Years Active: 1991–98.

Provenance: Garfield High School, Central District, Seattle.

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Essential Albums: None officially released, just demos passed around, dubbed, and hoarded. All Northwest hiphop heads worth their salt should be familiar with the essential compilations Untranslated Prescriptions, Do the Math, 14 Fathoms Deep, and Classic Elements—all of which contain Ghetto Chilldren songs, and all of which are within your grasp via generous uploaders or used-CD sections.

Essential Songs: "Slangin Cuts," "Hiphop Was," "Court's in Session," "N's Don't L," "Who's Listening," and my personal favorite, "Hood Rat."



Influenced By: Ramsey Lewis, A Tribe Called Quest, Cold Crush Brothers, the CD.

Influence On: A great deal of Seattle hiphop to come after.

Precautions: The last attempt at a GC reunion, seven years ago, sadly only featured Vitamin D. This year, according to the P-I, B-Self is "looking forward to it like a convict to his release date."


Why You Should Give a Fuck: See, heads in the Northwest have agonized over the question of the "Seattle Sound" in regard to hiphop for literal decades. Over the years, there've been many great and resonant takes on what the 206 could and should sound like, but for my money, the Ghetto Chilldren's work (and the work of the whole Tribal Productions crew) in the '90s was it, the embodiment. Just ask a local scene vet—wait, I'll save you the work.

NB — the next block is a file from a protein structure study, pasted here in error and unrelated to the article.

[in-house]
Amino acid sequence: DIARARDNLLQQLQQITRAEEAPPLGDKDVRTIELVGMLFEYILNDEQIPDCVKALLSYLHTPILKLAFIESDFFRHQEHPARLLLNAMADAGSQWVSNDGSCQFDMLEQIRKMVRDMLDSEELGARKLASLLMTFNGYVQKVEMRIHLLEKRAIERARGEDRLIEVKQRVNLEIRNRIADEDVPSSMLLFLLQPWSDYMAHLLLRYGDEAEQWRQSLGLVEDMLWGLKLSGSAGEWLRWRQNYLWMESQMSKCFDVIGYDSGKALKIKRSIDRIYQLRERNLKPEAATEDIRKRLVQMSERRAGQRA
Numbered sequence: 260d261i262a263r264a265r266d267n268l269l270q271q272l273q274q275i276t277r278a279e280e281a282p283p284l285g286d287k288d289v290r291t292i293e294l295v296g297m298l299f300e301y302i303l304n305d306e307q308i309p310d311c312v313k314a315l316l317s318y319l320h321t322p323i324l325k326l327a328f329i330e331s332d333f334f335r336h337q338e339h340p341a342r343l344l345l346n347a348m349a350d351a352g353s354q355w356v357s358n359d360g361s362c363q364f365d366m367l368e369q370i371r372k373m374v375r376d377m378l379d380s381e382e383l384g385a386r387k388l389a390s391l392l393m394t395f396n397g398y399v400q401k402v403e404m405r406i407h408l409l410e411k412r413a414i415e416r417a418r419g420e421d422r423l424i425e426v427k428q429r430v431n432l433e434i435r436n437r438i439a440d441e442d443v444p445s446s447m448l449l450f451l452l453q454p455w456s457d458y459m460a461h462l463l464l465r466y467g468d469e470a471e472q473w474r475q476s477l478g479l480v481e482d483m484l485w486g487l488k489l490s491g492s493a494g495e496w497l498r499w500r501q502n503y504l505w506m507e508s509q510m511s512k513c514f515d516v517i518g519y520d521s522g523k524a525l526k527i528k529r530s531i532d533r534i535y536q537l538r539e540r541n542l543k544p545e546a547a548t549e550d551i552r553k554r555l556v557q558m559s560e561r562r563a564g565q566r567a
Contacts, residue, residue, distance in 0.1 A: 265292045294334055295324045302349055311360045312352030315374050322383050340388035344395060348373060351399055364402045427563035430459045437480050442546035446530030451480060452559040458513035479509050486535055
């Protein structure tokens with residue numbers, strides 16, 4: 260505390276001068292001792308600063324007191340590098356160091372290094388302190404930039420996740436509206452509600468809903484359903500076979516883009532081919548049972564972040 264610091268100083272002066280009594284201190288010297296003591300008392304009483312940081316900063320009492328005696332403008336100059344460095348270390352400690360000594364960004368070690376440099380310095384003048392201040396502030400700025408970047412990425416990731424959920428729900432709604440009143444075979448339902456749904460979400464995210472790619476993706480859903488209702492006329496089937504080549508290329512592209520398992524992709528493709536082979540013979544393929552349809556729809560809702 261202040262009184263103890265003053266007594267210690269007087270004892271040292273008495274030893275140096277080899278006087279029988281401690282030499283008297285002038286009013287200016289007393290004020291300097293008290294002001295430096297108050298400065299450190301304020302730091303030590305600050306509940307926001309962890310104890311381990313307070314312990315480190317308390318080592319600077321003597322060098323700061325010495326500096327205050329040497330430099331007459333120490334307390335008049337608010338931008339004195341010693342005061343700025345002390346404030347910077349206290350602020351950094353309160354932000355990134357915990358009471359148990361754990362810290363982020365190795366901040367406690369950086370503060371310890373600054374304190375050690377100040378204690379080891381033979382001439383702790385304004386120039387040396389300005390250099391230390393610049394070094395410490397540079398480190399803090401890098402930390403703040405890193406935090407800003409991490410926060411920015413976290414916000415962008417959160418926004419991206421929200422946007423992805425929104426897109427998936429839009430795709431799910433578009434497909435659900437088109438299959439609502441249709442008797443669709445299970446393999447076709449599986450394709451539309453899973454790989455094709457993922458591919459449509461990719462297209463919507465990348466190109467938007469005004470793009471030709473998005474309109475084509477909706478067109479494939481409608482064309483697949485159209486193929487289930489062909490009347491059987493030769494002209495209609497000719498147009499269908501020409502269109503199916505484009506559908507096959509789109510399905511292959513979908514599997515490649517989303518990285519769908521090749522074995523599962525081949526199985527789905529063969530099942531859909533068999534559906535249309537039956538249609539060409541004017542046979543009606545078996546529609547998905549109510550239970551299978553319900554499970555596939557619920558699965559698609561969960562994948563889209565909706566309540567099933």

"I honestly believe," says Mike Clark (former host of KCMU's Rap Attack and 206 hiphop scholar emeritus), "that the Ghetto Chilldren, and the entire Tribal Productions collective as a whole, were the most important thing to hiphop in the Seattle area in the '90s. They were, and still are, my favorite group of all time from this area and one of my all-time favorite groups period in rap." Clark helped get the Chilldren a development deal with Geffen Records, which sadly didn't pan out. Had their music gone nationwide, there is no doubt in my mind that GC would have been nationwide cult heroes in the mid-to-late-'90s underground swell. [["It was disappointing because all I ever wanted was to see artists and groups in this area get their due—but in retrospect, I'm so glad they didn't do it, because Geffen (who wanted GC to work with the Dust Brothers) wanted to take away the organic, creative style that Vita and B-Self had worked so hard to develop."